The CGEIT certification: Certified in the Governance of Enterprise IT

ISACA is a great organization. They are a not-for-profit that focuses on IT processes, risk, value, and how IT can best support the overall organization’s goals. They’re most famous for COBIT and the CISA certificate.

COBIT, the Control Objectives for Information and related Technology, presents a set of IT processes that are meant to be complete. They span IT from strategic planning to project management to asset acquisition to the Service Desk to monitoring and reporting for governance groups. COBIT also puts the processes in context, by presenting a set of enterprise (i.e. institutional) goals and how they map to IT goals and then how they map to IT processes. I could say a lot more about COBIT, but for now I’ll say it’s a very thorough approach that allows you to measure and target improvements based on intended organizational outcomes.

The CISA certificate is for Certified Information Systems Auditors. As far as I’m aware it is the gold standard for IT auditors. To earn the CISA you need experience as an IT auditor and you need to pass a 200-question exam.

ISACA does many other things, too. It has a close (overlapping?) relationship with the IT Governance Institute, which historically has done research and published materials about how to implement IT governance. However, with the latest version of COBIT–COBIT 5–much of the Governance Institute’s materials have merged with COBIT. (A few other ISACA frameworks, notably RiskIT for reviewing IT risk and ValIT for identifying the value of IT service, were also merged into COBIT.)

ISACA also offers other certificates, including the CISM (“Certified Information Systems Manager”) and the CGEIT (“Certified in the Governance of Enterprise IT”).


The CGEIT certificate recognizes and attests to people who have experience with IT governance. To receive the certificate, you must pass a 150-question exam and, once you pass the exam, you must demonstrate at least five years’ experience with IT governance.

(In the past, the CGEIT allowed some of these five years to be waived if you had other credentials such as the PMP, but now the only waivers are for professors teaching about IT governance.)

IT governance is when people get together to talk about what’s needed and what’s expected from IT, at the Board level and other levels. In many ways IT governance is the lynchpin process that ties together project management, service management, enterprise architecture, and other IT processes. COBIT 5 was re-designed in no small part to better illustrate the connections between individual IT processes and IT governance.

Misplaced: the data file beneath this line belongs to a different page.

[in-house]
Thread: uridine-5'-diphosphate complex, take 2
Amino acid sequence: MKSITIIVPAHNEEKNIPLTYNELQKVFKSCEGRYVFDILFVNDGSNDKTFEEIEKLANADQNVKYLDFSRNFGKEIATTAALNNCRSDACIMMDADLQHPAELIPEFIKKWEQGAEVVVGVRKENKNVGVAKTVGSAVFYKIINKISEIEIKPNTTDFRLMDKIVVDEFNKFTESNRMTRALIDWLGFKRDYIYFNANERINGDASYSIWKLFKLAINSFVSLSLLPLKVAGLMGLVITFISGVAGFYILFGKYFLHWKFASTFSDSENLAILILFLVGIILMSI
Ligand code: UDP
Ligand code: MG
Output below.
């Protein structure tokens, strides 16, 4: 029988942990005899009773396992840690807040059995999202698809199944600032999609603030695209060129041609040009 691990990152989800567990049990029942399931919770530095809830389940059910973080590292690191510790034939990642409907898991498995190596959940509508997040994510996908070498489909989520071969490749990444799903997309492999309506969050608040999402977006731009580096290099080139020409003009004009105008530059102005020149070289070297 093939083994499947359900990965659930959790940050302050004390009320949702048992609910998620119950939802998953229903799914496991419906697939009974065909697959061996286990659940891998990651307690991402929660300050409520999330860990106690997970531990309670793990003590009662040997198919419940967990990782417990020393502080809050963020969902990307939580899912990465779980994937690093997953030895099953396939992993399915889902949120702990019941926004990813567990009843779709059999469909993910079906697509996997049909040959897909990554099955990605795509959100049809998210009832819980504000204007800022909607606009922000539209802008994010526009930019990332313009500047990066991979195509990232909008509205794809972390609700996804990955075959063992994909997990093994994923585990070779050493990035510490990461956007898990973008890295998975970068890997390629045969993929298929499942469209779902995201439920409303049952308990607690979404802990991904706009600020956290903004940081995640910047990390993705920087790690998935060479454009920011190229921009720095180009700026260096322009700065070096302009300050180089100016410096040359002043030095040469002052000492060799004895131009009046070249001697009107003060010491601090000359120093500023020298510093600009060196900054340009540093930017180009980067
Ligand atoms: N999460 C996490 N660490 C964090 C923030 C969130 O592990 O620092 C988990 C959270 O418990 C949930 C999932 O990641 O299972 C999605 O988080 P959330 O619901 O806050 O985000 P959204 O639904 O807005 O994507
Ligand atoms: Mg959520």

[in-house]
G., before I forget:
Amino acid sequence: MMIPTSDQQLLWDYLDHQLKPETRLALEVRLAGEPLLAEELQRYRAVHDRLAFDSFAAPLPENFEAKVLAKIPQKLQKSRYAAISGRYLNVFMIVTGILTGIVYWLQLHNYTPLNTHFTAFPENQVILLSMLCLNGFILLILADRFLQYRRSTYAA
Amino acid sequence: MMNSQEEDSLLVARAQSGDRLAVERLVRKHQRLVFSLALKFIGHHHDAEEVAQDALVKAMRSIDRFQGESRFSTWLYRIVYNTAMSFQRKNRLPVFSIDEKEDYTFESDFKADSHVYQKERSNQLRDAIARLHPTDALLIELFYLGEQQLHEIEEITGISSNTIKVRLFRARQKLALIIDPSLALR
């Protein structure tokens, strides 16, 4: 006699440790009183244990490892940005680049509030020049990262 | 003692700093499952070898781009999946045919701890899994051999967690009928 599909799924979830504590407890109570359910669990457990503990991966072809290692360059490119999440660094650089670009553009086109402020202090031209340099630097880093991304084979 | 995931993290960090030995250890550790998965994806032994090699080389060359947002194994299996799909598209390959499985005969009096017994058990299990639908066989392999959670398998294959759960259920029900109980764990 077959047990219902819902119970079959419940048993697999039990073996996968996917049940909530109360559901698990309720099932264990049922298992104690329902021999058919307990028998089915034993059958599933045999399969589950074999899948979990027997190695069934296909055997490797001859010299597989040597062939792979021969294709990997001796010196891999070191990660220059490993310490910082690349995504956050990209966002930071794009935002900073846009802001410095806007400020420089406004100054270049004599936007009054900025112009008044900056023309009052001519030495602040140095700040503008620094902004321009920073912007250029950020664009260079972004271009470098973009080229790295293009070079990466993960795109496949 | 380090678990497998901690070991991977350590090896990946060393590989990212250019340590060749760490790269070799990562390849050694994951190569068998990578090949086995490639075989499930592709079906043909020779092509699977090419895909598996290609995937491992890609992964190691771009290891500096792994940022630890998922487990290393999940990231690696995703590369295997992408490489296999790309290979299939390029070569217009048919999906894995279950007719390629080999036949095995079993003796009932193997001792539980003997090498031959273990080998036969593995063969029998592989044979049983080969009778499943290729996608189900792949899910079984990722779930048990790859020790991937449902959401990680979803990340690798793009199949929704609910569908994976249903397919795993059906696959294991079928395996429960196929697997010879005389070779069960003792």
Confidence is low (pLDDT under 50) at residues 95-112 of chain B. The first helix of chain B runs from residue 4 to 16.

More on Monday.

CGEIT is organized around five knowledge areas:

  • Framework for the Governance of Enterprise IT
  • Strategic Management
  • Benefits Realization
  • Risk Optimization
  • Resource Optimization

The test pulls from each of these areas, and the five years’ experience must fall into one or more of these areas. The CGEIT works like the PMP, though: there is no authoritative reference text (although there are official exam study guides).

Because IT governance pulls together other IT processes, I have found that if you already understand IT service management, IT project management, and enterprise architecture fairly well, you know most of the CGEIT material.

The certification process itself is not very expensive: perhaps $750 in exam, application, ISACA membership, and study materials costs. Working in higher education you can pull many of the source materials through your library.

I’ve seen a couple of people in higher education with CGEIT certificates, and the certification itself is only five and a half years old. I expect that CGEIT certifications will grow in proportion to people’s awareness that IT governance exists.